In the prenatal class, we talked about our birth plan and “birth fairies.” The idea was that, like the story of Sleeping Beauty, even if we try only to plan for good things, the not-so-nice fairy might still come to crash the party. The only way to not be weighed down by disappointment is to be make sure we have the skills to deal with as many things as possible. And we learned many skills, from meditation to birth balls to baths to taking naps and doing crosswords to baking cookies.
So, like many women, I had hoped for a natural unmedicated birth: it’s rumoured to be quicker in transition (aka pushing), stuff heals more quickly, I wanted “the experience,” and giant spine needles are NOPE NOPE NOPE D:
My pregnancy was fairly uneventful. Three months of nausea gave way to six months of physically feeling fairly glorious — my worst complaint was heartburn and needing about 17 million pillows to sleep comfortably. There were moments when I felt like a fat, beached whale, waddling around bitching about people not giving me seats on the bus, but the extra weight didn’t really catch up to me until the last few weeks, when going up and down the stairs at work really sucked.
BUT THEN three weeks before my due date, I woke up to a wet mattress with no contractions. I feared being induced was going to be my birth fairy, but the doc confirmed at the hospital that it was not amniotic fluid (we’re not sure what that was to this day). While life continued as normal, we kept the bags packed in the trunk of the car. The feeling of some-serious-poo-poo-is-about-to-go-down began to sink in that morning.
A week passes and my maternity leave begins. I walked to grandma’s house to spend the day with her and make dumplings. M and I went out for a movie at the VIFF. Afterwards, I complained that I had a tummy ache, which I chalked up to not eating enough fruits and veggies. Nothing seemed to help, but I ignored it long enough that it went away.
The next day I went to grandma’s again. My tummy ache was back, and this time it didn’t really go away. I couldn’t sleep… I got up to watch some soaps. The next morning M figured he probably should work at home. I applied for EI, we settled some business at the bank, and we walked the dog, my contractions becoming more intense. We got Vietnamese take-outs so we wouldn’t have to cook or clean up (a very good idea in hindsight). We had some doubts as to whether it was The Real Thing. But by dinner time it was pretty clear that a rhythm has been established.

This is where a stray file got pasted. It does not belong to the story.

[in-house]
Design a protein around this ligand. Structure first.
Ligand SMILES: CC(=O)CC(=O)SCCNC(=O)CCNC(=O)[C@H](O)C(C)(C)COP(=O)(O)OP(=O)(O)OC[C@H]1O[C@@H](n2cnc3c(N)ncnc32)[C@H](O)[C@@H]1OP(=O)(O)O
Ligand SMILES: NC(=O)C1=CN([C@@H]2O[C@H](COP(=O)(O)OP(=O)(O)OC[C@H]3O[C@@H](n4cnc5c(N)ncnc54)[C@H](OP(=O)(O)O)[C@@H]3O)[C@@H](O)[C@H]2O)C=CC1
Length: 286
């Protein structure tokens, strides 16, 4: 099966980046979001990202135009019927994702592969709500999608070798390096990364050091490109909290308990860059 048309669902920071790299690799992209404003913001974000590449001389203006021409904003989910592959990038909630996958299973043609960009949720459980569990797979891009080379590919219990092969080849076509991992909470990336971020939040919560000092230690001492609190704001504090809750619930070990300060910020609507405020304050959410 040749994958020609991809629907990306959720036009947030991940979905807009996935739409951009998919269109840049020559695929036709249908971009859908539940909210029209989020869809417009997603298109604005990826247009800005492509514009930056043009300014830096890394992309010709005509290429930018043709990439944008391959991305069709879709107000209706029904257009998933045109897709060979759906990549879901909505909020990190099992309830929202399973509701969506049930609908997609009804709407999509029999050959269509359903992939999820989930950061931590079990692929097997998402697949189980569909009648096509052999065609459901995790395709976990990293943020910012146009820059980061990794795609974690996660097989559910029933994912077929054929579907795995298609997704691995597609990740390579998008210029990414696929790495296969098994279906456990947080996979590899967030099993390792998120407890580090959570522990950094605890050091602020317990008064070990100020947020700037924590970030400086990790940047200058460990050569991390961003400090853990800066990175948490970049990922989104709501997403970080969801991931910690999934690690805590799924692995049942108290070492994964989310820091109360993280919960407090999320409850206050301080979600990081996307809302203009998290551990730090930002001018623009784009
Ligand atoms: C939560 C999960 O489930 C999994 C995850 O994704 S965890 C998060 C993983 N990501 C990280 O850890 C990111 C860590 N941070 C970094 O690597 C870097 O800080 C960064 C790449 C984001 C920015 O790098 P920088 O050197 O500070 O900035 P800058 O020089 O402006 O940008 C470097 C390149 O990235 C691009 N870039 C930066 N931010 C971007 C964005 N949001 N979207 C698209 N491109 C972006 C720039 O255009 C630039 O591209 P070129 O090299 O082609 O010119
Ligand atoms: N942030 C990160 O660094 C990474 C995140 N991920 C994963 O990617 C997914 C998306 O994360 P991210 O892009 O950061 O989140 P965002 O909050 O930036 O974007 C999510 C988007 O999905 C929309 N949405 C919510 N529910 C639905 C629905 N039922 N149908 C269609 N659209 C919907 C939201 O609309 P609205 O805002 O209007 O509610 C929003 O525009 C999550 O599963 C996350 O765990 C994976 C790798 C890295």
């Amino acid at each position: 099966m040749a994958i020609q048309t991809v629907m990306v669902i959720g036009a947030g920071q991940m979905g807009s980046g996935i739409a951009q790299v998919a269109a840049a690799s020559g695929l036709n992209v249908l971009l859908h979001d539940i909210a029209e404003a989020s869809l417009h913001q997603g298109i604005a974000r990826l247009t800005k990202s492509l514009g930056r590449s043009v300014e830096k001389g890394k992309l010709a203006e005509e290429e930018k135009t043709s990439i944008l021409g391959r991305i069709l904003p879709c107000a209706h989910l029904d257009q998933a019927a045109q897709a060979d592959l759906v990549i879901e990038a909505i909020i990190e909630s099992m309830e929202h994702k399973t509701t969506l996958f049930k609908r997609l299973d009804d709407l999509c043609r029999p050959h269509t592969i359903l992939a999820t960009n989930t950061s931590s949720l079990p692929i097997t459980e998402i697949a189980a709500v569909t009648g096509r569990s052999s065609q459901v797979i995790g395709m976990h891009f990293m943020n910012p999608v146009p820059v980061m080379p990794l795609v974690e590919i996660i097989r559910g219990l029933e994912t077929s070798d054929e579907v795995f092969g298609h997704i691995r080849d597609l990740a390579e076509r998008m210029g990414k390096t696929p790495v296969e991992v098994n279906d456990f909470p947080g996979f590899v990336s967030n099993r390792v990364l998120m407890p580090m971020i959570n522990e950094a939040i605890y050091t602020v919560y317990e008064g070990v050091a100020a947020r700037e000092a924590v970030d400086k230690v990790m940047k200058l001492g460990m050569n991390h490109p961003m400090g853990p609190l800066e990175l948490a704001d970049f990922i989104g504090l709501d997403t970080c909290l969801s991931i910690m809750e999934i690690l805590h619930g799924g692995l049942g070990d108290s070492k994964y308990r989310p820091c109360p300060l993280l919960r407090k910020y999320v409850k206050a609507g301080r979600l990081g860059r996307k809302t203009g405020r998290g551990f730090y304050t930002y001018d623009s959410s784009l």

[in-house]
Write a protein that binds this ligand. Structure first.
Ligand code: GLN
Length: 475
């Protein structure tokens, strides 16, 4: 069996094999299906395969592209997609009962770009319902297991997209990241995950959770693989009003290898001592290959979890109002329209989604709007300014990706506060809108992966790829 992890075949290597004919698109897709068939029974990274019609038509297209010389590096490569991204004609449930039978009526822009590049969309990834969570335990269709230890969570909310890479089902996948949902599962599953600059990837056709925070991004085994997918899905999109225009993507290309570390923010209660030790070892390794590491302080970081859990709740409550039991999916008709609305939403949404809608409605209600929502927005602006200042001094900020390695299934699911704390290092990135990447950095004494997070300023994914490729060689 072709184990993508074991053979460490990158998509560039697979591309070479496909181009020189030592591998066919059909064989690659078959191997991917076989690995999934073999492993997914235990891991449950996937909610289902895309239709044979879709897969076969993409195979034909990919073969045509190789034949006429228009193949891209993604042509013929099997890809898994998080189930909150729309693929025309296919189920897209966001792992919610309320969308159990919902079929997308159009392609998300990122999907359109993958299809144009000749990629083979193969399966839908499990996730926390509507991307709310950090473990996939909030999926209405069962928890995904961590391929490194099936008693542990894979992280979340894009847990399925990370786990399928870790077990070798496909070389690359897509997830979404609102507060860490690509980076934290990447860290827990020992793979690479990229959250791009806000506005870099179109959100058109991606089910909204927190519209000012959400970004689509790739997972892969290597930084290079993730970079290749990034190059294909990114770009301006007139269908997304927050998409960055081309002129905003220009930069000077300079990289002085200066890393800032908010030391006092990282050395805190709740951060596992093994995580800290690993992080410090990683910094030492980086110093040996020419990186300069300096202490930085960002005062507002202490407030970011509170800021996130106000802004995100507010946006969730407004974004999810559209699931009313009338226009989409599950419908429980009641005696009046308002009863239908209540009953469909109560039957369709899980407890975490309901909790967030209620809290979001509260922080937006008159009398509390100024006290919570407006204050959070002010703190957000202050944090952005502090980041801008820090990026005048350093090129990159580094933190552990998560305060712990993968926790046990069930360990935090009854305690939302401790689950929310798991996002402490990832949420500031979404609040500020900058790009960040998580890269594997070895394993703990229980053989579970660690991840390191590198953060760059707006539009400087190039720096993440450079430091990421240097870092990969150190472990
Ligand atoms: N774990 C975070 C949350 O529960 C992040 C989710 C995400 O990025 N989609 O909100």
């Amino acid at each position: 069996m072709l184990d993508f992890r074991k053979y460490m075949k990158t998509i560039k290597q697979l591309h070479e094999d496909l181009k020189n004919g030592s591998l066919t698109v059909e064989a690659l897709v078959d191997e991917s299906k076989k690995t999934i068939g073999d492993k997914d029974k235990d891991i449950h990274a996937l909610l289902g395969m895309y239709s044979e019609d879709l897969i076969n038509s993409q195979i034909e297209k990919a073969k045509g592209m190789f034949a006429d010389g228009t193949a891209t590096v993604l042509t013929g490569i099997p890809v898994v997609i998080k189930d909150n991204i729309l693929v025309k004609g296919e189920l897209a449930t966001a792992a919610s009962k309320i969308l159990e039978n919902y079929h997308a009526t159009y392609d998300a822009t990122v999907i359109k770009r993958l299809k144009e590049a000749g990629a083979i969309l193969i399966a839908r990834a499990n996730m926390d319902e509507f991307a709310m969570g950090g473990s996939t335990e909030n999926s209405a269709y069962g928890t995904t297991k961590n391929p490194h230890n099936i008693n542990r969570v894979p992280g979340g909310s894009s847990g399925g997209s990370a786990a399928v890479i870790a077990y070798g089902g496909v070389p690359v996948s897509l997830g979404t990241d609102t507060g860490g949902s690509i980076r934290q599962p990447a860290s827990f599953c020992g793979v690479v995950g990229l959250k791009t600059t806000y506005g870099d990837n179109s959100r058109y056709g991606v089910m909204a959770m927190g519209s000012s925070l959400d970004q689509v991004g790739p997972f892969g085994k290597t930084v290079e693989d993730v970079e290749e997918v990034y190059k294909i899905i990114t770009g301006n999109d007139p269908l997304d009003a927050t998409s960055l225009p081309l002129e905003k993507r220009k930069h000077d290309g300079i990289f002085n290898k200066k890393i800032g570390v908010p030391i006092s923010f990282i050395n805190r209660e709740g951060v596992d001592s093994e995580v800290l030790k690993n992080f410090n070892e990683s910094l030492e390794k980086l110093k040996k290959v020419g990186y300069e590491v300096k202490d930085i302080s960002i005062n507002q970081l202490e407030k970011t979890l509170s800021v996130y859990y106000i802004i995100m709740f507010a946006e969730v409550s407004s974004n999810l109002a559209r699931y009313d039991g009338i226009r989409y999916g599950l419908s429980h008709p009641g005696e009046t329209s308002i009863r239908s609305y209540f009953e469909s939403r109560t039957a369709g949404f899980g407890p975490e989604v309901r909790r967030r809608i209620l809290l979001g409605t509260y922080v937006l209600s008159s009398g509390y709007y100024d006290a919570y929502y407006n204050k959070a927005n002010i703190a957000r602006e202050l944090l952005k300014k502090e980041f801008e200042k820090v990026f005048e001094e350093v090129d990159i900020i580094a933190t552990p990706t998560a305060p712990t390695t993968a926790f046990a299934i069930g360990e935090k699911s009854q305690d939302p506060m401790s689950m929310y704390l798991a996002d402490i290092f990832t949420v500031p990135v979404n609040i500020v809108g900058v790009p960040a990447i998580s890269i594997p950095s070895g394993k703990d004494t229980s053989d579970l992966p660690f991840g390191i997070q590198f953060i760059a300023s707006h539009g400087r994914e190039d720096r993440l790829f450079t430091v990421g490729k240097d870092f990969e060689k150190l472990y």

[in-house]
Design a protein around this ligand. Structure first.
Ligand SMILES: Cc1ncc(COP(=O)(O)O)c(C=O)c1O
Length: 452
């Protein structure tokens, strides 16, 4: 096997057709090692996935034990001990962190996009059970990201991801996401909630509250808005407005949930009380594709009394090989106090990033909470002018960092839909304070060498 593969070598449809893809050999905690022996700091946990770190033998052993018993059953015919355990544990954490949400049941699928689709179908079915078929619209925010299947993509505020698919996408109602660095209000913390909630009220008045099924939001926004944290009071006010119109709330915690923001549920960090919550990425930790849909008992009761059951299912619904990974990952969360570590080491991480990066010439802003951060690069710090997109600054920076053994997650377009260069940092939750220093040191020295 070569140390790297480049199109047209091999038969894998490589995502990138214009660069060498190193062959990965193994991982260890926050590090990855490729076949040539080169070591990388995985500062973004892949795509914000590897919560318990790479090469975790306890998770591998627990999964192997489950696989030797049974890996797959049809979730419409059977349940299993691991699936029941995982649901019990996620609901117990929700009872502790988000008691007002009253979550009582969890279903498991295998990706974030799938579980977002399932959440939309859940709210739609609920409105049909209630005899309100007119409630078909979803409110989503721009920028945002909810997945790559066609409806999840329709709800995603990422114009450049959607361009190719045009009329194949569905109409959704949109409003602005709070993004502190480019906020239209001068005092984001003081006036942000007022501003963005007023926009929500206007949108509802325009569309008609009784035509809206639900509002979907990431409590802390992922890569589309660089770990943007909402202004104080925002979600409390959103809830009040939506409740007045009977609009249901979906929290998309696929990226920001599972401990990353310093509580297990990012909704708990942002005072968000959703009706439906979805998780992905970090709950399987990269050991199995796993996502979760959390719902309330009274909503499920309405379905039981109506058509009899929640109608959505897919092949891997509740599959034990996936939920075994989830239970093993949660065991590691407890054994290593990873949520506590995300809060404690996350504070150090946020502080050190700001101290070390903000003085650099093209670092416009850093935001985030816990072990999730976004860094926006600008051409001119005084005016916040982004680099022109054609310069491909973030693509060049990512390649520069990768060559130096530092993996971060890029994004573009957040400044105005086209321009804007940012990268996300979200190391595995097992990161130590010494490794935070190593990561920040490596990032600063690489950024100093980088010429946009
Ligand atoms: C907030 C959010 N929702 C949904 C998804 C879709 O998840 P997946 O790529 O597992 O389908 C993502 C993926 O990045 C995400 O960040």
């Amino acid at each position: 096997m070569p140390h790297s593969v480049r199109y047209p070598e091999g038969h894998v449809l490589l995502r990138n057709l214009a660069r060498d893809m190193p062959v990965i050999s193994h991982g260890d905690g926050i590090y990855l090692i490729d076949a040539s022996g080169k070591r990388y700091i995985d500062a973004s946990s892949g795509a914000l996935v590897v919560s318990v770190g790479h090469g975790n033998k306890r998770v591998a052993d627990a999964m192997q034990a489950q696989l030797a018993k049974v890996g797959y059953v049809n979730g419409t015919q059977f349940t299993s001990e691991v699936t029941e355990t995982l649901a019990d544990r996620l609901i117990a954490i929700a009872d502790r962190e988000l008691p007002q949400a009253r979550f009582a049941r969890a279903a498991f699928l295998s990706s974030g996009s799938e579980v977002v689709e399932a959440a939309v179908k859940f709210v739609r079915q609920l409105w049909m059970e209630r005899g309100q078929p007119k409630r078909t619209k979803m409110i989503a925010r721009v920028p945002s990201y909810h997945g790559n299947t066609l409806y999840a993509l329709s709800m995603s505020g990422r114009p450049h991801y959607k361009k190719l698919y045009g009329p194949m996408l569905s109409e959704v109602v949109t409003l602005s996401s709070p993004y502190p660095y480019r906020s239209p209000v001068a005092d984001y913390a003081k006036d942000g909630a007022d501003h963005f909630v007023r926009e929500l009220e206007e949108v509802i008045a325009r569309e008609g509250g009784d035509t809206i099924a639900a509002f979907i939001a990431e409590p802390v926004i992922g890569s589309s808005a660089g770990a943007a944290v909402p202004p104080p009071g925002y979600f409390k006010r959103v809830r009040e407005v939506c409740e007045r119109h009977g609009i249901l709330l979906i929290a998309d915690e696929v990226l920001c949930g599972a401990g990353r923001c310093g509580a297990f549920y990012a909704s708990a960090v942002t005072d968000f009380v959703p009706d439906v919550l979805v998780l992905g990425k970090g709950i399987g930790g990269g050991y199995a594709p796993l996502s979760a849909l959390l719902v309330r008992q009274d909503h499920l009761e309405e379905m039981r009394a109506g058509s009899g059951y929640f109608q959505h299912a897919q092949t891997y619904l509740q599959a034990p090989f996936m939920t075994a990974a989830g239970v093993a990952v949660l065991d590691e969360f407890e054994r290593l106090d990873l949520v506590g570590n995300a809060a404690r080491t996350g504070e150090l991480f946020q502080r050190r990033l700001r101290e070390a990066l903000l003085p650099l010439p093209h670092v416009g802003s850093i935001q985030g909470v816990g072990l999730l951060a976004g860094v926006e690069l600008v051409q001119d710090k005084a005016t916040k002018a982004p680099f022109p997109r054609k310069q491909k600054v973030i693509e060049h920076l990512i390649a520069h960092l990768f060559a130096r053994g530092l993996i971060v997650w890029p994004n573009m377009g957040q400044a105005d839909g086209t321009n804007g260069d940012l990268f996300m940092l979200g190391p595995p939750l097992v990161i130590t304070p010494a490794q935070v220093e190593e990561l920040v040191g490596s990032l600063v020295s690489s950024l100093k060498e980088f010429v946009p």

We called the doc and the doula at 8pm. They both said to try to get some rest, call back when the contractions are more frequent and more intense. Great, but I couldn’t sleep. Neither could M, who stayed up with me to time my contractions.
At 4am, the doula came over to help. I rocked on the birth ball, took one last shower with M where I sobbed and sobbed. I was blathering on about ruining our future and all the fears that I didn’t know I had about having a baby. I kissed my freedom to stay out late goodbye. I bid adieu to a good night’s sleep. I made peace with not being able to do a lot of things anymore, and began to look forward to all the things I can. My water broke, for reals this time, at 5am. With that, I texted dad to look after the Gir and headed to the hospital. The time was 6:30am, just before the morning traffic rush.
Labour stalled as we waited to get examined. Seems like the first birth fairy has arrived: after more than a full day of early labour, I was only 4cm dilated. But no matter. Everything else was going well and my doula reassured me that from the sounds of it the baby would be out by the afternoon. And they couldn’t send me home, because I was GBS positive so I needed the antibiotic drip. Suckers!